Episode 112: How Trauma Affects Your Brain (Willpower May Not Be Your Problem After All)
Jul 20, 2021
For years I've said that the negative emotions and experiences we don't process and release get stored in the body. Sometimes as fat, sometimes as illness, sometimes as injury.
It always sounded 'woo woo' when it came out of my mouth, but finally I've discovered a book that scientifically backs up this intuition.
'The Body Keeps the Score' by Bessel Van Der KolK, MD, is one of the most comprehensive books I've ever read on trauma, how it affects the brain and body, and how to heal deep-seated wounds.
And before you shrug this episode off thinking, I don't have any trauma. I've never been abused, or assaulted, or abandoned, think again. We all have trauma that needs healing, sometimes big, sometimes small.
Are you a people-pleaser? A perfectionist? Do you struggle with anxiety or depression? Do you have a hard time concentrating? Do you have an unhealthy relationship with food? Do you cope with stress in ways you know aren't healthy? All of these (and many more) can be signs of unresolved trauma.
Now, I'll be honest, this blog post is a bit different than the norm. Usually I have a clear map with 3-10 straight forward tips.
But this book was so robust with information, I had to split it into 3 episodes, and below are basically just notes and quotes from the book that will help guide us through the conversation.
So if you want a more coherent presentation of these ideas, I recommend you listen, don't read!
How Trauma Affects the Brain
- Traumatized people tend to project their trauma on everything around them, making it difficult to decipher what's going on around them, to feel safe, and to trust their surroundings. For example, if a woman who sees someone taking a walk, she may not simply see someone out for stroll, she may see her next attacker.
- Broca's area is one of the speech centers of the brain, without a functioning broca's area you're unable to put thoughts and feelings into words. This area of the brain has been shown to shut down when you're feeling triggered. This explains why, when having fights with my ex, I couldn't find the words to communicate my point of view even though in my mind it was perfectly clear and sound.
- Memories of trauma shut down the left part of the brain associated with reason and logic.
- "The most important job of the brain is to ensure our survival... everything else is secondary. In order to do that, brains need to do the following: generate internal signals that register what our bodies need (such as food, rest, protection, sex, and shelter), create a map of the world to point us to where we can go to satisfy those needs, generate the necessary energy and actions to get us there, warn us of dangers and opportunities along the way, and adjust our actions based on the requirements of the moment... Every brain structure that I discuss has a role to play in these essential functions. And as we will see, trauma can interfere with every one of them. "
- There are different parts of the brain:
- The reptilian brain (or brain stem) which is responsible for eating, sleeping, waking, crying, breathing, feeling temperature, hunger, wetness, and pain, and ridding the body of toxins via our excrements.
- When these things are disrupted like when you can't register hunger, you're deprived of sleep, your digestion feels stuck, or someone touching you makes you want to scream, it can send the whole body into disequilibrium.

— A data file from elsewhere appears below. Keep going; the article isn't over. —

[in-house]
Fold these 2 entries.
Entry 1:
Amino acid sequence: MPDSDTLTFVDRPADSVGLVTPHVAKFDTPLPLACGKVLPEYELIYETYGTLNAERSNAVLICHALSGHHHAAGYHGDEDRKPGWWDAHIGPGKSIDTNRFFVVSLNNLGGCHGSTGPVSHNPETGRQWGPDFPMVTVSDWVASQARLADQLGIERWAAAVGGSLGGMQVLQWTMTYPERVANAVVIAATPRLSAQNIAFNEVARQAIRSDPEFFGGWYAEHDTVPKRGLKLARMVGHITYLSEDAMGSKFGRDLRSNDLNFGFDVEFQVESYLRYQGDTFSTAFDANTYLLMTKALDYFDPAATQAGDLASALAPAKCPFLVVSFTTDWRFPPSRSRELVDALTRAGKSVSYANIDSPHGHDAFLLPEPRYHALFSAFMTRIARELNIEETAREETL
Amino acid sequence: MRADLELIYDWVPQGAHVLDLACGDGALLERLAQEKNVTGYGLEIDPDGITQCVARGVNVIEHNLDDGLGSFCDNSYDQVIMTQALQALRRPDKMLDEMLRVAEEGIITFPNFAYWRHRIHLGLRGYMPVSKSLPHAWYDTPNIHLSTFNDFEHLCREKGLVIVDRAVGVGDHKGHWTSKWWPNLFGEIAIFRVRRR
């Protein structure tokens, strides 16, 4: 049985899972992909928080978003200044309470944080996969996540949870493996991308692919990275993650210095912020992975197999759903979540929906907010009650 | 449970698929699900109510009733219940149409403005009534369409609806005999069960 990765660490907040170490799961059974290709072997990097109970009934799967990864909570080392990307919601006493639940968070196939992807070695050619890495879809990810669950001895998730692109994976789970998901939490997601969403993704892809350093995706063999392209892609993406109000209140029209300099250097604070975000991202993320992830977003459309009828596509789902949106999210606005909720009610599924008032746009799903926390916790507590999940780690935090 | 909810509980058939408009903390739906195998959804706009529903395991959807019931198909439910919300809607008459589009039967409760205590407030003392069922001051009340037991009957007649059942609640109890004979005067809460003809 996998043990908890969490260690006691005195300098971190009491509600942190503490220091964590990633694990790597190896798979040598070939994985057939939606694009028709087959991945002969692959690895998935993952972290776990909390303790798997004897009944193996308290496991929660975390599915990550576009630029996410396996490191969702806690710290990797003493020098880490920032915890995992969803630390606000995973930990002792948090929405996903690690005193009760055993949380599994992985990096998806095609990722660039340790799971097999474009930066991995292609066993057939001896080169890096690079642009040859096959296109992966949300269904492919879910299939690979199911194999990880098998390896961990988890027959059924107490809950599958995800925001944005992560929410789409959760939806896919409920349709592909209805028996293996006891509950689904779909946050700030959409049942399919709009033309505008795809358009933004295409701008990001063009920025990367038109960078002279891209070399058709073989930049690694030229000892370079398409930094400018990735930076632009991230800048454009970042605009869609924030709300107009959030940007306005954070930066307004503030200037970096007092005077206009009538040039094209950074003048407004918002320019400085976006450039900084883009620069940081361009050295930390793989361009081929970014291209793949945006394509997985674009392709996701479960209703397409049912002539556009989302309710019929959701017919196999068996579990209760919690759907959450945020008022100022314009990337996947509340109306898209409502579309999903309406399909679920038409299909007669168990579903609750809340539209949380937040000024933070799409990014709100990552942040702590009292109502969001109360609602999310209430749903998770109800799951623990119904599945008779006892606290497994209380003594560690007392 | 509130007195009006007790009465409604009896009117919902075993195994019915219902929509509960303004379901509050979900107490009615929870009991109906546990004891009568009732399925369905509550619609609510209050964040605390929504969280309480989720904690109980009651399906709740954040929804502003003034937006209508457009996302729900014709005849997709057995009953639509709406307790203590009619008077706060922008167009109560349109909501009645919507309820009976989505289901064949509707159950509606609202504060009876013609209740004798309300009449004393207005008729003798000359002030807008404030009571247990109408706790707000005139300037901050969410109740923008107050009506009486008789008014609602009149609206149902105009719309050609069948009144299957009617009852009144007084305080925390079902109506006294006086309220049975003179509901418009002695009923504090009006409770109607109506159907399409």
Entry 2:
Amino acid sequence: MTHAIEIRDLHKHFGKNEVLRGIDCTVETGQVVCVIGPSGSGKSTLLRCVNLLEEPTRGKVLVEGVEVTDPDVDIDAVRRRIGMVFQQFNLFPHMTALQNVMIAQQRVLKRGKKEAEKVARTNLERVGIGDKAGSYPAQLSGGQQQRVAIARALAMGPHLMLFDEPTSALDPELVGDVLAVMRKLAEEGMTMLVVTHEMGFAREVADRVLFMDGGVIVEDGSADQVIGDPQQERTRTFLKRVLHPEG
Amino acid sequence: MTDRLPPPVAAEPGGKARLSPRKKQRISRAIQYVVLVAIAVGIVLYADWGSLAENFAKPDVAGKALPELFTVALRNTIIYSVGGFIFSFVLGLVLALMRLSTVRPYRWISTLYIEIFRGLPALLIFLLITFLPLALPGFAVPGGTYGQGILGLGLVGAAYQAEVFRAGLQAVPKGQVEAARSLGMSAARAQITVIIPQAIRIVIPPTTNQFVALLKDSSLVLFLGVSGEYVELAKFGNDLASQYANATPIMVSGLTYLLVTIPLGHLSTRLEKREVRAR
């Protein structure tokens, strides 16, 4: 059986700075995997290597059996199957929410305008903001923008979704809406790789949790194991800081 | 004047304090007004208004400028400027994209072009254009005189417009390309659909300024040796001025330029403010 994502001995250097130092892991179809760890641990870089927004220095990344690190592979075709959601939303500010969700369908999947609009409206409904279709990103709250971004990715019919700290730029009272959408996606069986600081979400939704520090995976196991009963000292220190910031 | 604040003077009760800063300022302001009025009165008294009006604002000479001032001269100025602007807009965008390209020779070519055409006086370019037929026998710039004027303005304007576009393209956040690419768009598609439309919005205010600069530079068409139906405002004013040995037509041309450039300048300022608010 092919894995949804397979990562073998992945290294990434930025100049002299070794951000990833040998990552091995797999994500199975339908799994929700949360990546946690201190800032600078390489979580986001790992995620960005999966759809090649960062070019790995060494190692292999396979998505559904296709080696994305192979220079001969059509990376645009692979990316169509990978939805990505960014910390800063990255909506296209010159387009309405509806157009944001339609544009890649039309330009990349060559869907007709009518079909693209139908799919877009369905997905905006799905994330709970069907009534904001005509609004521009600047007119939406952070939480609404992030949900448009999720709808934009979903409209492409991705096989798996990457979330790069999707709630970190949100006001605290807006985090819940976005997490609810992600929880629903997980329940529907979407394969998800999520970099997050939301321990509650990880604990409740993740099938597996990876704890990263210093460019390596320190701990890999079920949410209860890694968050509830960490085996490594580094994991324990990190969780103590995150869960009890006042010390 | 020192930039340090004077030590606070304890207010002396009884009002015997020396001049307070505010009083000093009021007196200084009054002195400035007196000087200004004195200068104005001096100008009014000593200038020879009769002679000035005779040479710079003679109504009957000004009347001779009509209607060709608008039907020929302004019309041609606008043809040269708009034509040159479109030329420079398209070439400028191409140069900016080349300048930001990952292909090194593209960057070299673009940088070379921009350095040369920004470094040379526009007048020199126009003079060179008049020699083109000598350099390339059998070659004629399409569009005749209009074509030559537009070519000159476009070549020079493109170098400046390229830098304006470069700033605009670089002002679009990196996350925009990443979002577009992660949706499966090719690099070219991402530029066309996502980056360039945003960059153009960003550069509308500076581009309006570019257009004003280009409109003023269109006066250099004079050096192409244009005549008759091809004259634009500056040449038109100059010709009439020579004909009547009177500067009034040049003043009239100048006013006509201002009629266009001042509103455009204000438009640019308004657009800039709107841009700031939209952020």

- The brain stem and hypothalamus together control and balance the heart, lungs, endocrine, and immune systems.
- The limbic system (mammalian brain) which is the base of emotions, the monitor for danger, the judge of what's enjoyable versus frightening, the arbiter for what is or is not important. And it is shaped in response to experience.
- The reptilian brain + limbic system make up the 'emotional brain' who's main task is to protect you. When it's activated, it sends out hormones that give you visceral sensations (like queasiness, or butterflies) that will interfere with whatever you're trying to focus on. This process affects what we choose to eat, where we like to sleep, what music we prefer, our hobbies, who we like and who we dislike. The more intense the response from the emotional brain, the harder it is for the logical brain to override its impulses. Add onto that, trauma makes it significantly harder to resist those emotional instincts.
- The outermost part of the brain (the neocortex) which helps us use words, control our sphincters, understand abstract and symbolic ideas, plan, be in tune with each other, absorb vast arrays of information, plan and reflect, imagine and play out future scenarios.
- When one brain circuit fires repeatedly, it can become your default. If you grow up feeling loved and protected, your default brain setting may be to explore with curiosity. Meanwhile if you grow up with fear and anger around you, your default may be to ward off danger.
- Kids who experience trauma and neglect are taught early on that it doesn't matter what they do, nothing will change their environment or experience. This can create an adult with an external locus of control (believing your failures or successes are due to external factors out of your control).
- Infants with inconsistent communication patterns with their mothers at 18 months grew up to struggle with self worth and self-destructive habits like binge eating and promiscuous sex.
If you found this interesting, your mind will be blown next week when we dive into how trauma affects the body. So don't forget to subscribe to make sure you get notified when that comes out!
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